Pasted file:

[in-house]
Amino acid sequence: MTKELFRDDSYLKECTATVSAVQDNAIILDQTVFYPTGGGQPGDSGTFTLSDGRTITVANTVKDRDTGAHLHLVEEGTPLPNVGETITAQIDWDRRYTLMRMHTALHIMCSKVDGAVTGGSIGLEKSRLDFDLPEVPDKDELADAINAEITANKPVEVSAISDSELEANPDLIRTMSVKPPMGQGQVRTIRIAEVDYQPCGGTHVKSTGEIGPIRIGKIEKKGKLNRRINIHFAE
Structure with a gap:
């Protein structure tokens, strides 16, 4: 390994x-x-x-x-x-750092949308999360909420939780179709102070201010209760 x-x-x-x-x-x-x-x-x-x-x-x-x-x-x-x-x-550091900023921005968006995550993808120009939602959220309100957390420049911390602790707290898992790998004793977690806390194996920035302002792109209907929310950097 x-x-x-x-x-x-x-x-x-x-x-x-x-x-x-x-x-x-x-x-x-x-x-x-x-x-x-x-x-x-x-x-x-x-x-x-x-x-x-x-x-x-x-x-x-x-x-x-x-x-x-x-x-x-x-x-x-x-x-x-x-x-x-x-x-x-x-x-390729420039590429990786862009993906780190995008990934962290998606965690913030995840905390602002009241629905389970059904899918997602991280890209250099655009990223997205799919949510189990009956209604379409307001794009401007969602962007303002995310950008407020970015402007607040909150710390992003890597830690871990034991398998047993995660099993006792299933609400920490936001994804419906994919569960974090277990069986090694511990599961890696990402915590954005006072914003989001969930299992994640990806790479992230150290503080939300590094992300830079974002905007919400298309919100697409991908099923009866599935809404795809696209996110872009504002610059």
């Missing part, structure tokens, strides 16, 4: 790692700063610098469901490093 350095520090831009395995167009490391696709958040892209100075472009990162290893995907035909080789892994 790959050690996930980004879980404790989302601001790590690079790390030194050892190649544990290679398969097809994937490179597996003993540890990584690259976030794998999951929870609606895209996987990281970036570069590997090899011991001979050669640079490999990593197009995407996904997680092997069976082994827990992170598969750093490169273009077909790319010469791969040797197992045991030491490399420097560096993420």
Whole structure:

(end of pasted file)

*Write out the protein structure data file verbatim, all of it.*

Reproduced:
[in-house]
Amino acid sequence: MTKELFRDDSYLKECTATVSAVQDNAIILDQTVFYPTGGGQPGDSGTFTLSDGRTITVANTVKDRDTGAHLHLVEEGTPLPNVGETITAQIDWDRRYTLMRMHTALHIMCSKVDGAVTGGSIGLEKSRLDFDLPEVPDKDELADAINAEITANKPVEVSAISDSELEANPDLIRTMSVKPPMGQGQVRTIRIAEVDYQPCGGTHVKSTGEIGPIRIGKIEKKGKLNRRINIHFAE
Structure with a gap:
């Protein structure tokens, strides 16, 4: 390994x-x-x-x-x-750092949308999360909420939780179709102070201010209760 x-x-x-x-x-x-x-x-x-x-x-x-x-x-x-x-x-550091900023921005968006995550993808120009939602959220309100957390420049911390602790707290898992790998004793977690806390194996920035302002792109209907929310950097 x-x-x-x-x-x-x-x-x-x-x-x-x-x-x-x-x-x-x-x-x-x-x-x-x-x-x-x-x-x-x-x-x-x-x-x-x-x-x-x-x-x-x-x-x-x-x-x-x-x-x-x-x-x-x-x-x-x-x-x-x-x-x-x-x-x-x-x-390729420039590429990786862009993906780190995008990934962290998606965690913030995840905390602002009241629905389970059904899918997602991280890209250099655009990223997205799919949510189990009956209604379409307001794009401007969602962007303002995310950008407020970015402007607040909150710390992003890597830690871990034991398998047993995660099993006792299933609400920490936001994804419906994919569960974090277990069986090694511990599961890696990402915590954005006072914003989001969930299992994640990806790479992230150290503080939300590094992300830079974002905007919400298309919100697409991908099923009866599935809404795809696209996110872009504002610059």
């Missing part, structure tokens, strides 16, 4: 790692700063610098469901490093 350095520090831009395995167009490391696709958040892209100075472009990162290893995907035909080789892994 790959050690996930980004879980404790989302601001790590690079790390030194050892190649544990290679398969097809994937490179597996003993540890990584690259976030794998999951929870609606895209996987990281970036570069590997090899011991001979050669640079490999990593197009995407996904997680092997069976082994827990992170598969750093490169273009077909790319010469791969040797197992045991030491490399420097560096993420």
Whole structure: